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“We’re being treated unfairly and we’re doing something about it”: Amazon Workers Walk Out

On Wednesday, dozens of Amazon workers walked out at the DIL3 facility in Gage’s Park and DLN2 warehouses in Cicero in Chicago. They are demanding a wage increase and safer working conditions. The walkout took place during the Christmas rush, maximizing the impact on Amazon.

Luigi Morris

December 24, 2021
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On Wednesday, dozens of Amazon workers walked out at the DIL3 facility in Gage’s Park and DLN2 warehouses in Cicero in Chicago. They are demanding a wage increase and safer working conditions. The walkout took place during the Christmas rush, maximizing the impact on Amazon.

The action was organized by Amazonians United, a labor network that organizes at Amazon throughout the country. “We’ve been underpaid, overworked, and also unsafely staffed going on months now,” said Ted Miin, an Amazon worker and Amazonians United member at the DIL3 delivery station. ​“We’ve tried to raise these issues with management, but they’ve effectively dismissed our concerns.”

At Chicago’s Gage Park warehouse, 65 out of an estimated 100 workers signed onto a petition demanding a $3‑per-hour raise and safe staffing at the warehouse. They haven’t heard back from management about their demands. ​“They’re not taking us seriously, so we’re walking out,” Miin said.

At a warehouse in Cicero, workers also walked out because workers have not received overtime pay after working the Thanksgiving holiday and permanent workers have been demoted to temporary workers. 

One worker explained, “We’re willing to go back to work. We will work hard to make sure everyone gets their Christmas gifts, everyone gets their packages. But we just want to be treated fairly…This is the busiest month of the year. If Amazon can meet our demands, treat us right like human beings, we will make everybody’s Christmas a beautiful one.”

This happens while the discontent towards Amazon’s working conditions continues to grow, especially after the death of 6 Amazon workers at a warehouse during the tornado in Illinois.

It also came to light that on November 28 and 29, two Amazon workers in Bessemer, Alabama, died within hours. Amazon worker Isaiah Thomas told More Perfect Union that one of them died of a stroke on the 28th, after going to HR and being denied leave and threatening to be fired despite feeling sick. On the 29th another Amazon worker died on his way to the hospital. According to Amazon workers, six of them have already died this year at the Bessemer Amazon facility.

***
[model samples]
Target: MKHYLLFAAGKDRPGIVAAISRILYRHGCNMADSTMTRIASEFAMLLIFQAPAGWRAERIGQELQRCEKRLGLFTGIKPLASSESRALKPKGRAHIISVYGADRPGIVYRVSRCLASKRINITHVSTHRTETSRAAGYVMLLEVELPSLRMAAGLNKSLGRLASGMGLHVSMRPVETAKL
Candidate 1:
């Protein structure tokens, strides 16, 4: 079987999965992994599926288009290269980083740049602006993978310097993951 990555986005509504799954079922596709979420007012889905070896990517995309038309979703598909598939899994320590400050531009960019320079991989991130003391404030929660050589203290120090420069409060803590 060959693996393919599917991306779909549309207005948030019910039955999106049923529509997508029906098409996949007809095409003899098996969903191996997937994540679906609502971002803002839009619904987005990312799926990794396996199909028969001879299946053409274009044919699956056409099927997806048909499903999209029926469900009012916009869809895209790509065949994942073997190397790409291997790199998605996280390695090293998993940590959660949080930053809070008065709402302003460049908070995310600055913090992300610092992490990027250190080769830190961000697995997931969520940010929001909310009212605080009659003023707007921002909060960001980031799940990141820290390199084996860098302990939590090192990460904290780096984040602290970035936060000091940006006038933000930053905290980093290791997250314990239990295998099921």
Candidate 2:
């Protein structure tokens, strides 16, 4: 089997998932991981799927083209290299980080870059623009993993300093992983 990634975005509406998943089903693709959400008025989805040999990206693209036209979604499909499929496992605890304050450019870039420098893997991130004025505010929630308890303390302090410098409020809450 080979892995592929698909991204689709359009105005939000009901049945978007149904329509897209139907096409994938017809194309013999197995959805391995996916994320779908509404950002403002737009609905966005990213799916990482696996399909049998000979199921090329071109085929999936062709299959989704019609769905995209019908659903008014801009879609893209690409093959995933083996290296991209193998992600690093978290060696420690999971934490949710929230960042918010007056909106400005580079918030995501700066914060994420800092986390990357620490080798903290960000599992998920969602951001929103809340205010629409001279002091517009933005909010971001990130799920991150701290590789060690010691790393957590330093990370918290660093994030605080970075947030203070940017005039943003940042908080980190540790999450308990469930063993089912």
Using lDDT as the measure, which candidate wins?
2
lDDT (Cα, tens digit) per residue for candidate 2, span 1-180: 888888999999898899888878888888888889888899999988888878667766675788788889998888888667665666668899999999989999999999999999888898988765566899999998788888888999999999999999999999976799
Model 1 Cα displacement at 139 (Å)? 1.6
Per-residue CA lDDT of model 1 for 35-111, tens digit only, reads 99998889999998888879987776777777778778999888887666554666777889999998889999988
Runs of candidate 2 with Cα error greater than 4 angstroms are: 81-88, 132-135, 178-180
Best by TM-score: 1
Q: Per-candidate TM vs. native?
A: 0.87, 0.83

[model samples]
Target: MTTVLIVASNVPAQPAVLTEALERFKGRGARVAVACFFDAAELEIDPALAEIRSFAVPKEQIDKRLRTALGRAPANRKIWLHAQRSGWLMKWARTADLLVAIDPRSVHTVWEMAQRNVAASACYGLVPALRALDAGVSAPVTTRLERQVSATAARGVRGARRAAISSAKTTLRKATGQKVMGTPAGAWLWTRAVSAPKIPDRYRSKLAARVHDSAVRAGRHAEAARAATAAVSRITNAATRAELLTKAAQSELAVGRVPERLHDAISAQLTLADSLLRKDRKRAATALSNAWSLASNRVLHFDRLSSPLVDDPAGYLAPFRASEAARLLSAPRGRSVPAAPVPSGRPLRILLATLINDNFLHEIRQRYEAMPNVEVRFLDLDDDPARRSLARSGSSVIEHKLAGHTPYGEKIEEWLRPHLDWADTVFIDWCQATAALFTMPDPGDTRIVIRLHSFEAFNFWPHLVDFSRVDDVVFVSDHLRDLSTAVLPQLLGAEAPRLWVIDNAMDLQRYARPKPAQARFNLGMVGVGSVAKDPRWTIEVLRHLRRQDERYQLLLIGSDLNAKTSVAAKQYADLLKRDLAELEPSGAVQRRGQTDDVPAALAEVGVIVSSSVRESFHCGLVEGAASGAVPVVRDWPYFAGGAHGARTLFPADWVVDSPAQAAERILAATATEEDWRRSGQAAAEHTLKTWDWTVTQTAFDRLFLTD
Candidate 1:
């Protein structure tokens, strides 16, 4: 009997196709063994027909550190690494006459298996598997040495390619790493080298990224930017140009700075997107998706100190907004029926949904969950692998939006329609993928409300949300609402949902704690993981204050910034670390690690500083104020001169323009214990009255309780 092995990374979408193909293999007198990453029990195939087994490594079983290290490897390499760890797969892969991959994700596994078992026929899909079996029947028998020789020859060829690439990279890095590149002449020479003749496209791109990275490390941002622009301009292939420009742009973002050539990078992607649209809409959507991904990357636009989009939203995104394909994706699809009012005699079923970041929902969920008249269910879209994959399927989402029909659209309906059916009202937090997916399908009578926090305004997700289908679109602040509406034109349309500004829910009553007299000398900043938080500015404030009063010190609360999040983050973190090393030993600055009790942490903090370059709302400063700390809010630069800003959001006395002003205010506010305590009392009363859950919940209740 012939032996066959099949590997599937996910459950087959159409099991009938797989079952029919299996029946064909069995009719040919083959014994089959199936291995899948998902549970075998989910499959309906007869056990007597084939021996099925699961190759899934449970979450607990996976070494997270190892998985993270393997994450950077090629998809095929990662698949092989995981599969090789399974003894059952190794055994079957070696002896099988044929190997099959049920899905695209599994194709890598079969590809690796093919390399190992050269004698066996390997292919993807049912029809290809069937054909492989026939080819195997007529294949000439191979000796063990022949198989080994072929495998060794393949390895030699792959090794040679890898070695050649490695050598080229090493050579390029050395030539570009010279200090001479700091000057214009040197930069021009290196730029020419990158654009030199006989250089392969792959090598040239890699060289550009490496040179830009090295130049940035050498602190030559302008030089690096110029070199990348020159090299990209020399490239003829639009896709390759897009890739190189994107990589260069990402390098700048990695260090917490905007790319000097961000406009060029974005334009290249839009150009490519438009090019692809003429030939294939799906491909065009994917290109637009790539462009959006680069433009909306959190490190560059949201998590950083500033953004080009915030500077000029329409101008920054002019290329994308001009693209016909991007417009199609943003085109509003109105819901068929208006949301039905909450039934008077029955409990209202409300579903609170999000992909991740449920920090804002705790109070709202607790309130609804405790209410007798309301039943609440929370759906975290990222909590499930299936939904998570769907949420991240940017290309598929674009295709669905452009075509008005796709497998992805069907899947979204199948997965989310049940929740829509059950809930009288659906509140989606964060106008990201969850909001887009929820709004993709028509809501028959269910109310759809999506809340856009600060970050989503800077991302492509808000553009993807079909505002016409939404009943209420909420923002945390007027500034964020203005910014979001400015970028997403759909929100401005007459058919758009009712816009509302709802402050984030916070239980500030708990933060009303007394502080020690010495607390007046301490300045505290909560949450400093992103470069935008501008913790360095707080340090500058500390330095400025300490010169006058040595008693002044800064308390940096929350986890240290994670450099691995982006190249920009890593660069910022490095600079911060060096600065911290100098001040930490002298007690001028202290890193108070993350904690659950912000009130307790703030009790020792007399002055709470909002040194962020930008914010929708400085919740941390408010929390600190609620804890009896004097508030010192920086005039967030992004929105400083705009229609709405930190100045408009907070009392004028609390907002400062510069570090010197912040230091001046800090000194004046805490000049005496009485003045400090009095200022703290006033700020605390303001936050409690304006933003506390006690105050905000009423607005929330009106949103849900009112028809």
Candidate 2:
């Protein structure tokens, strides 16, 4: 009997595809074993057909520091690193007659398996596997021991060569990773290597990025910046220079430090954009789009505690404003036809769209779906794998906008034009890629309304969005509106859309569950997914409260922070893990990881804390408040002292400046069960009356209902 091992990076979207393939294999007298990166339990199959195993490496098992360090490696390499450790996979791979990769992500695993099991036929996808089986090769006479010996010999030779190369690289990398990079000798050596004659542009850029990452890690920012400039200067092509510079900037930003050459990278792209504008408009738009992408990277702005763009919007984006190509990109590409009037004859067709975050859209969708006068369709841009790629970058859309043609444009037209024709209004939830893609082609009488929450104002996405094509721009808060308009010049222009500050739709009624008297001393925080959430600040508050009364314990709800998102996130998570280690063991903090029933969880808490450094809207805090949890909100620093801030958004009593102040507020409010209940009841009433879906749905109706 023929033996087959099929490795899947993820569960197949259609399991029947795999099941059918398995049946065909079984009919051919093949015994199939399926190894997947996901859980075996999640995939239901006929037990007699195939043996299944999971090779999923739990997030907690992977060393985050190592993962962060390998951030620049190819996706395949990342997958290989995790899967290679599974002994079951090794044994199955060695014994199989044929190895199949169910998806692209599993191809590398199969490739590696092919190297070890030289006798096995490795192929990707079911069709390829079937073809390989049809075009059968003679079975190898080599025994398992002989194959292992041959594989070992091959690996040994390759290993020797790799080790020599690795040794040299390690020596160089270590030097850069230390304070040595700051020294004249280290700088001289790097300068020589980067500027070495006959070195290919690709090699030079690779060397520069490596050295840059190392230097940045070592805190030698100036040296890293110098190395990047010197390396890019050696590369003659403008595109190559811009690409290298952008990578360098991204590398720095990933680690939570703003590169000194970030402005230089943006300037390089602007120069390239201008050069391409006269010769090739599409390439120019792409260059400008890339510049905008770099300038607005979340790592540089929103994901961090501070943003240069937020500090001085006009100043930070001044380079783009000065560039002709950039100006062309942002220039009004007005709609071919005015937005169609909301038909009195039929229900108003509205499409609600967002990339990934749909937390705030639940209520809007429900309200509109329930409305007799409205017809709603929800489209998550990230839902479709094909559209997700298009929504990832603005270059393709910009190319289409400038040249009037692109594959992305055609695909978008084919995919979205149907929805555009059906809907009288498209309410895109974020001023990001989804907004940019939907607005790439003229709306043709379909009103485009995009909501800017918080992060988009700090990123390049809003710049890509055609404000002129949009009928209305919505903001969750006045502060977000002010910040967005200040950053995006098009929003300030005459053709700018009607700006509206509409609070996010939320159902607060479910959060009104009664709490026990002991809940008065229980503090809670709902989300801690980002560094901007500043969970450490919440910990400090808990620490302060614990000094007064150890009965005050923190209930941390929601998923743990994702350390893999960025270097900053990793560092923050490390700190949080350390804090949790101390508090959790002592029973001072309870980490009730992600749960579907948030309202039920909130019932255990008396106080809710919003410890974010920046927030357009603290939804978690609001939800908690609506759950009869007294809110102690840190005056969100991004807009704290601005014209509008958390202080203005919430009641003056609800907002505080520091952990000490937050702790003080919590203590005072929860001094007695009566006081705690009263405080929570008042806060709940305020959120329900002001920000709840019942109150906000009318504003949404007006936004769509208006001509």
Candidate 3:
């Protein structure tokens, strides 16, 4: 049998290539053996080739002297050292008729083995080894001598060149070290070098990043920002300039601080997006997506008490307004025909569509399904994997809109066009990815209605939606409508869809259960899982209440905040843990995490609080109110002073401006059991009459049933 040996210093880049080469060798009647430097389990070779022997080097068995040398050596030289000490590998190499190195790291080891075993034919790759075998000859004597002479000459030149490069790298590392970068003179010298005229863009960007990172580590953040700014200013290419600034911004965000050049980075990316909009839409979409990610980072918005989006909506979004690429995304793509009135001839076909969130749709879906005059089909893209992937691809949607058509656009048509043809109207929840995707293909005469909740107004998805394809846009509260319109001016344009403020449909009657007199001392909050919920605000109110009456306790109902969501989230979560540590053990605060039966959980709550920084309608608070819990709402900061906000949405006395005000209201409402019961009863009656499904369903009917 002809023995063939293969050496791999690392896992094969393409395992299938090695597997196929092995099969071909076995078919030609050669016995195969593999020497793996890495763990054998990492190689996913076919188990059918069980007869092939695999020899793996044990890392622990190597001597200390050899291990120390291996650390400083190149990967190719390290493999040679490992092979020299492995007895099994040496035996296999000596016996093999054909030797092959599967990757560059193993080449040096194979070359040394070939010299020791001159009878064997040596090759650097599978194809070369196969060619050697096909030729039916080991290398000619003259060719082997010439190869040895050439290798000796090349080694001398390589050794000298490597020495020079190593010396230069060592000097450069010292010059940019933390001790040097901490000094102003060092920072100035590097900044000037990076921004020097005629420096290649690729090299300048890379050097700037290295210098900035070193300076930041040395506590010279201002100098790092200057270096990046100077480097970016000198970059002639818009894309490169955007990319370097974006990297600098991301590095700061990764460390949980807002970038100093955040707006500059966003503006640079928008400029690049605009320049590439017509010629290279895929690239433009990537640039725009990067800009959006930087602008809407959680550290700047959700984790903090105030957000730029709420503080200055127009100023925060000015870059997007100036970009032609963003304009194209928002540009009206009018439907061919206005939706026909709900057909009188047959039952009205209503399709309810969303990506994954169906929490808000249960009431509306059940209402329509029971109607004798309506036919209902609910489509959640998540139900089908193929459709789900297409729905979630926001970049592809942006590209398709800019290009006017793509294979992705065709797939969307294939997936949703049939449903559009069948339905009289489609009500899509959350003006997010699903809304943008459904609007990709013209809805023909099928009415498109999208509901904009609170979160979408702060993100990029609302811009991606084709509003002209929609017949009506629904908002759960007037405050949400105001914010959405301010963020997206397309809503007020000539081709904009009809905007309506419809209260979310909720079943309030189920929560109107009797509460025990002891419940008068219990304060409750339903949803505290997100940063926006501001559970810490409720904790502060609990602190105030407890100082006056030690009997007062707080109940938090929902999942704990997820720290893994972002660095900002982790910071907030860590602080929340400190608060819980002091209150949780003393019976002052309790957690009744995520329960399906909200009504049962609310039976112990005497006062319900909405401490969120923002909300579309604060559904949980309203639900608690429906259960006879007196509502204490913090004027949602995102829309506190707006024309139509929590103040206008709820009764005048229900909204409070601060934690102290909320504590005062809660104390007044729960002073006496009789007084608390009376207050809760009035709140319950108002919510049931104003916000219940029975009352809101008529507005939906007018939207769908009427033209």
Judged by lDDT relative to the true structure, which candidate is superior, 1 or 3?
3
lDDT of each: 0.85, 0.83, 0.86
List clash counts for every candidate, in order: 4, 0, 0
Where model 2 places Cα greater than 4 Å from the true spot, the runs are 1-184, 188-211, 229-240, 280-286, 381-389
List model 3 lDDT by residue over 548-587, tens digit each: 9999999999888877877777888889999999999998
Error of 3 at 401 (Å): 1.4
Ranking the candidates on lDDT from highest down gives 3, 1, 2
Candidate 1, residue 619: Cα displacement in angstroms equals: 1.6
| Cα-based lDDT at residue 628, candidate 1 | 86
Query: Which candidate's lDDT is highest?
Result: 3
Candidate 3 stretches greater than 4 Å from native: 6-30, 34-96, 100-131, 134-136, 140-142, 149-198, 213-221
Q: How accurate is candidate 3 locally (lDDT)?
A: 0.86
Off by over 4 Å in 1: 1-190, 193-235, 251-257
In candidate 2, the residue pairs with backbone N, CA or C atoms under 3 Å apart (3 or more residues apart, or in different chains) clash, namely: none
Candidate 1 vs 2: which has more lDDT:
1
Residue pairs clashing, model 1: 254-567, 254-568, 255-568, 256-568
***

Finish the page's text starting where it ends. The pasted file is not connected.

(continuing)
In the midst of these criticisms, the National Labor Relations Board reached a nationwide agreement with Amazon to “make easier” the process of organizing in their facilities. This settlement will affect more than 750 thousand workers. The settlement means that employees working on union activities should be allowed access to workplace facilities at the end of their shifts, as well as to the parking lot, as many workers reported being kicked out after their shifts ended. Amazon must send notices informing workers of their rights to current and past warehouse workers (since March 22). 

We know it will never be easy for workers to fight for the right to have their union. The unionization efforts and the fight for improving working conditions will depend on the strength and organizing of the rank-and-file workers across the country. The walkout by Amazon workers in Chicago is a key example for Amazon workers all over the country. 

“We know we’re being treated unfairly, and we’re doing something about it,” Miin explained, hoping other workers would follow Amazonian United’s example. ​“If we can in any way be encouragement or inspiration for others, we want our coworkers and all workers to see that we can get organized, we can fight back — and that when we fight, we win.”

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Luigi Morris

Luigi is a freelance photographer, socialist journalist and videographer. He is an activist for immigrants' rights.

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